18

I want a way to exit a begin/end block while still assigning the variable that its result is assigned to.

def foo
  @foo ||= begin
    puts "running"

    return "leaving early" if true # would be some sort of calculation

    # Other calculations
  end
end

What I hope to happen

> foo
running
=> leaving early
> foo
=> leaving early

What actually happens

> foo
running
=> leaving early
> foo
running
=> leaving early

The code doesn't work because return exits the entire method without setting @foo. Using break or next only work in loops. Does anything work within a begin block the way I'm thinking?

Current ways I can do it but was hoping to avoid:

  • Assigning the variable within the begin block and returning
  • Putting the remaining portion of the begin block in an if statement
  • Performing the calculation before the begin block

There seem to be a lot of related questions about breaking out of blocks but I couldn't find one that answers this specific version (maybe because it's not possible).

3
  • I don't understand why you didn't get a void value exception SyntaxError. That occurs when the parser is unable to determine how a value would be assigned, here caused by the return statement (even if it had been return "leaving early" if false). That's what I got with v2.6.1. What Ruby version are you using? Commented Apr 17, 2019 at 22:38
  • @CarySwoveland Good catch. Looks like it works if you have something after the return, like a puts "finished" or just some value to return
    – Tom Prats
    Commented Apr 18, 2019 at 16:48
  • Yes, but it's still weird. Commented Apr 18, 2019 at 23:21

3 Answers 3

22

I think you're going to save yourself a whole heck of a lot of strife if you just put all that logic into its own method:

def foo
  @foo ||= compute_foo
end

def compute_foo
  puts "running"

  return "leaving early" if true # would be some sort of calculation

  # Other calculations
end

This decouples the computation from the memoization, making it easier to test and reason about, and it's a fairly common design pattern in Ruby and other languages.

Of course, there are ways of doing what you're asking. The most obvious solution being an immediately-invoked anonymous proc:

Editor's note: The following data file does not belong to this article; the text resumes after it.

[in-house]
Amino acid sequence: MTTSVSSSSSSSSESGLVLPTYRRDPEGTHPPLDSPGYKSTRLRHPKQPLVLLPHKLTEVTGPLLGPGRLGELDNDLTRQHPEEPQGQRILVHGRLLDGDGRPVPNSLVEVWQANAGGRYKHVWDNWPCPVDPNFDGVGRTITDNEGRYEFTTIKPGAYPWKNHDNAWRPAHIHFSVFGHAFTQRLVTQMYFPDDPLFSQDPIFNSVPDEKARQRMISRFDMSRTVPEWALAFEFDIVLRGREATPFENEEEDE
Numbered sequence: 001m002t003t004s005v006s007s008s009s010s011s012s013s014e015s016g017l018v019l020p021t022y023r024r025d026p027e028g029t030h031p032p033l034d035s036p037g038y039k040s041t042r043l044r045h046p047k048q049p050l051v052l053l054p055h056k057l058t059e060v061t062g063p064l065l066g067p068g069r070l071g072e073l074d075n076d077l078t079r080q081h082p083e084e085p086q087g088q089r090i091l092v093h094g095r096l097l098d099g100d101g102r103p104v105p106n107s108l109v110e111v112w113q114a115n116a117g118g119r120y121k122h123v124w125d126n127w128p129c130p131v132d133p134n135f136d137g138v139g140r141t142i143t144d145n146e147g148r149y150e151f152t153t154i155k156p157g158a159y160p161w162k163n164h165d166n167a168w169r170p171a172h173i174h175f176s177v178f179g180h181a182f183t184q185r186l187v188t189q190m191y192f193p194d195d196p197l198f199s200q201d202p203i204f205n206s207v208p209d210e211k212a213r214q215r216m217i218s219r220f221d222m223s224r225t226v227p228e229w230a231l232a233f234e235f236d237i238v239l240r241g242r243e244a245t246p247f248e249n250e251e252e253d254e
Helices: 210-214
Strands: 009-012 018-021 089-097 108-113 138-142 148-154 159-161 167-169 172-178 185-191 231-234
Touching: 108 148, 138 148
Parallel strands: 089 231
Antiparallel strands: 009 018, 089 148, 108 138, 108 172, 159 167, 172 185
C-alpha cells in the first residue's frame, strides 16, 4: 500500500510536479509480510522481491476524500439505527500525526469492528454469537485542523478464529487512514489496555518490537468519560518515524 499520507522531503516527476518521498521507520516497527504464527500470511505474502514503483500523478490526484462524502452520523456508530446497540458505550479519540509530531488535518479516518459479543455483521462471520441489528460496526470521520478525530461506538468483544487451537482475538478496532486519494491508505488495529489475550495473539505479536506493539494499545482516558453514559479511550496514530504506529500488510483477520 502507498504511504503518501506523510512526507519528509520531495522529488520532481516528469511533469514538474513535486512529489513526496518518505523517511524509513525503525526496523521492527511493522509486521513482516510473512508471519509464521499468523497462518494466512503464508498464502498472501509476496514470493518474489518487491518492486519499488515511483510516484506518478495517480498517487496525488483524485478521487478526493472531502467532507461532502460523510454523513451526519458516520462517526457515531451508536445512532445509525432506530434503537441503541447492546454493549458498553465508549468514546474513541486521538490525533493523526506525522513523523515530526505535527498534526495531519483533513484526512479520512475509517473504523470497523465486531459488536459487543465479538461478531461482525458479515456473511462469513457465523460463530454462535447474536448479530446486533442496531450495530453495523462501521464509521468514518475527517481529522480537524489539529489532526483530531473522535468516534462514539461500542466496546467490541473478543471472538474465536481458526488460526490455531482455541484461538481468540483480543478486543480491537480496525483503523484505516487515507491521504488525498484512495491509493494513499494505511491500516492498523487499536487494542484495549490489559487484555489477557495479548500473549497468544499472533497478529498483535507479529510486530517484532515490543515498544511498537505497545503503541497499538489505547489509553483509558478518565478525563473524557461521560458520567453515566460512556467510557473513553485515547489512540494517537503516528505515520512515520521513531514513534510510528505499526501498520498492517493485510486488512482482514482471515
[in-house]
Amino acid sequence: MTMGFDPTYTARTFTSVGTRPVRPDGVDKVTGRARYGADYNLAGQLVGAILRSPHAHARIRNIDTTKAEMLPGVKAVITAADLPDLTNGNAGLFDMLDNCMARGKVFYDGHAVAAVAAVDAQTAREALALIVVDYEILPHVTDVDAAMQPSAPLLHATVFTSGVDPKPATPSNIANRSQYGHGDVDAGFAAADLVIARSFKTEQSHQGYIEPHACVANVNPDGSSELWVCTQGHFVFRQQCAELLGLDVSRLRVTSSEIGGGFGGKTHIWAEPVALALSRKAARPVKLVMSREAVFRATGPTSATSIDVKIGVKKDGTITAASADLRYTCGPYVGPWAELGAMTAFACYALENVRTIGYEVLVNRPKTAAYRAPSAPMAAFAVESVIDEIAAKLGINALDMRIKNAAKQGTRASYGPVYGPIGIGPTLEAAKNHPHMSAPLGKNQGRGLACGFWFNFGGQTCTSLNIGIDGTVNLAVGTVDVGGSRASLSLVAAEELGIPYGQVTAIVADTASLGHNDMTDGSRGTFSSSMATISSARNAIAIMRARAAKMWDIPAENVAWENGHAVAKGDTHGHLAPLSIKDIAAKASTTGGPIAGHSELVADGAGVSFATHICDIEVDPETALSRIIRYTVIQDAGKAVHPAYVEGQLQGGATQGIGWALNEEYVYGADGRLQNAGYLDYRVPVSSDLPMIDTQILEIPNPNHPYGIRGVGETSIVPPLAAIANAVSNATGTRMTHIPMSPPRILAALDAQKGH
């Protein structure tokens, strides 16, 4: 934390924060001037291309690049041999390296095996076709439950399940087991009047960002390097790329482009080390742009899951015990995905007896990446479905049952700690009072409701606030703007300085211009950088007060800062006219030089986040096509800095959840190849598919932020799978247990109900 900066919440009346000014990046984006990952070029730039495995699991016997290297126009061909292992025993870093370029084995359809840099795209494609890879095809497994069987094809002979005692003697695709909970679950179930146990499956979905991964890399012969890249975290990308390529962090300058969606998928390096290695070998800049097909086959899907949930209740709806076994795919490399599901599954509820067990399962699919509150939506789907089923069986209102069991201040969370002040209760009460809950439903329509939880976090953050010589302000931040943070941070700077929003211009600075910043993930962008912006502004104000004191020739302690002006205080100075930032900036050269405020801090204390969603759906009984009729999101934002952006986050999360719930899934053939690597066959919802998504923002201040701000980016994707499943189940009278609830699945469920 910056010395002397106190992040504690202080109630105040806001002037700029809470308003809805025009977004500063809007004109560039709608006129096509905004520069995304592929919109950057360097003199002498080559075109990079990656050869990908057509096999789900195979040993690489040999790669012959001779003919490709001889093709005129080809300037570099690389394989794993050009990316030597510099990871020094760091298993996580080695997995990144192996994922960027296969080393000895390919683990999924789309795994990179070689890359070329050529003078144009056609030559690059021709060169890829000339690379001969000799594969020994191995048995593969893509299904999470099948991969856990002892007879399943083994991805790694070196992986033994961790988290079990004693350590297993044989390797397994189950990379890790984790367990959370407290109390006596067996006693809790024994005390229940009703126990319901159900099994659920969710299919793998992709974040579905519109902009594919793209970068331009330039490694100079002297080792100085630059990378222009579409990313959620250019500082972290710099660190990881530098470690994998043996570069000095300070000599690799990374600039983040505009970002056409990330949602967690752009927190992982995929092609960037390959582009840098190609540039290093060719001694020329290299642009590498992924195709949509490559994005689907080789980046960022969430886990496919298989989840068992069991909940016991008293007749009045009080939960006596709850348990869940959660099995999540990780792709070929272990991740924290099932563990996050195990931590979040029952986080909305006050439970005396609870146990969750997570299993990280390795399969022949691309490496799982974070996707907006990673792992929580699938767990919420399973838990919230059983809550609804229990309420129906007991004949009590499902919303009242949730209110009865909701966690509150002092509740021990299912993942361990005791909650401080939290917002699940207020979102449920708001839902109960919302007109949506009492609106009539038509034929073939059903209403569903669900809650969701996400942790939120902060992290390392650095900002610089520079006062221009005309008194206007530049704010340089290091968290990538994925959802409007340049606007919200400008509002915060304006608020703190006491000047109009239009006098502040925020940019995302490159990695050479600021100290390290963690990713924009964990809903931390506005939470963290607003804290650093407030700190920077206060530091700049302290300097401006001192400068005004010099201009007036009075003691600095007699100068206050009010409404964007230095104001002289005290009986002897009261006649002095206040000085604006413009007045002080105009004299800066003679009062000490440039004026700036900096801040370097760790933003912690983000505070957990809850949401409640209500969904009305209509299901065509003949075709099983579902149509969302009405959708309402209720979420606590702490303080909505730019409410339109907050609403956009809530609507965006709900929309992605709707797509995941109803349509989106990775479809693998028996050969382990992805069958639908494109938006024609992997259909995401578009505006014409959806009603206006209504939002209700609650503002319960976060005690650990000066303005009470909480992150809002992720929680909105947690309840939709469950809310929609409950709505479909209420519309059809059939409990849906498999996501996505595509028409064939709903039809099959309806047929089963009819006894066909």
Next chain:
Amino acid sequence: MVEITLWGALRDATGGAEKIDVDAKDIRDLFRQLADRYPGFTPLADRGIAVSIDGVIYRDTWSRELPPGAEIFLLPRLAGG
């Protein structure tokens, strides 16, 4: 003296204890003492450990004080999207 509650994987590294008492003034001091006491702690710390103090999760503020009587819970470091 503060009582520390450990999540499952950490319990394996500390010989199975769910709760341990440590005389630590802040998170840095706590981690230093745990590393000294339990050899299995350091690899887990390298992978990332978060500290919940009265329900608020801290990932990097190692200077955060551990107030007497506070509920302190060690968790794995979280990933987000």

def foo
  @foo ||= (proc do
    puts "running"

    next "leaving early" if true # would be some sort of calculation

    # Other calculations
  end)[] # or .call or .()
end

But you certainly wouldn't be doing yourself or any future maintainers of this code any favors.

6
  • That's some great insight. Using another method makes a lot of sense here, but having the option to use a anonymous proc is an interesting possibility
    – Tom Prats
    Commented Apr 17, 2019 at 21:26
  • 3
    This is good advice but it doesn't answer the question: "Does anything work within a begin block the way I'm thinking?". Commented Apr 18, 2019 at 23:20
  • @CarySwoveland I believe I've answered it implicitly, but here's the answer explicitly: No, not to the best of my knowledge.
    – mwp
    Commented Apr 18, 2019 at 23:38
  • The OP has answered that question in the affirmative in a recent comment on the question, though we agree it's not good coding practice Commented Apr 19, 2019 at 0:00
  • @CarySwoveland That solves the SyntaxError, but it doesn't actually solve the problem.
    – mwp
    Commented Apr 19, 2019 at 0:06
0

You can use loop do ... end construction instead of begin ... end
In this case you can use break <value> to return value from the block.

def foo
  @foo ||= loop do
     puts "running"

     break "leaving early" if true # would be some sort of calculation

     # Other calculations
     break "leaving at the end"
  end
end

This will give you result you expected:

> foo
running
=> leaving early
> foo
=> leaving early
0

No, you can't do it inside a begin/end block,
Syntax errors were raised on both next and break.

Other than loop, another alternative is tap, it returns it's (mutated) self.
Like begin, break also breaks tap, but next won't.

> true_bar = Bar.new
=> #<Bar:0x00007f9dfdadcb20 @is_really_true=true>
> 
> true_bar.foo
running
=> "leaving early"
> 
> true_bar.foo
=> "leaving early"
> 
> false_bar = Bar.new.not_really
=> #<Bar:0x00007f9dfdce9300 @is_really_true=false>
> 
> false_bar.foo
running
run more
=> "leave at the end"
> 
> false_bar.foo
=> "leave at the end"

source:

class Bar
  def initialize; @really_true = true; end

  def foo
    @foo ||= "".tap do |respond|
      puts 'running'

      next respond << 'leaving early' if really_true?

      respond << 'leave at the end'
      puts 'run more'
    end
  end

  def not_really
    self.tap { @really_true = false }
  end

  def really_true?; @really_true; end
end

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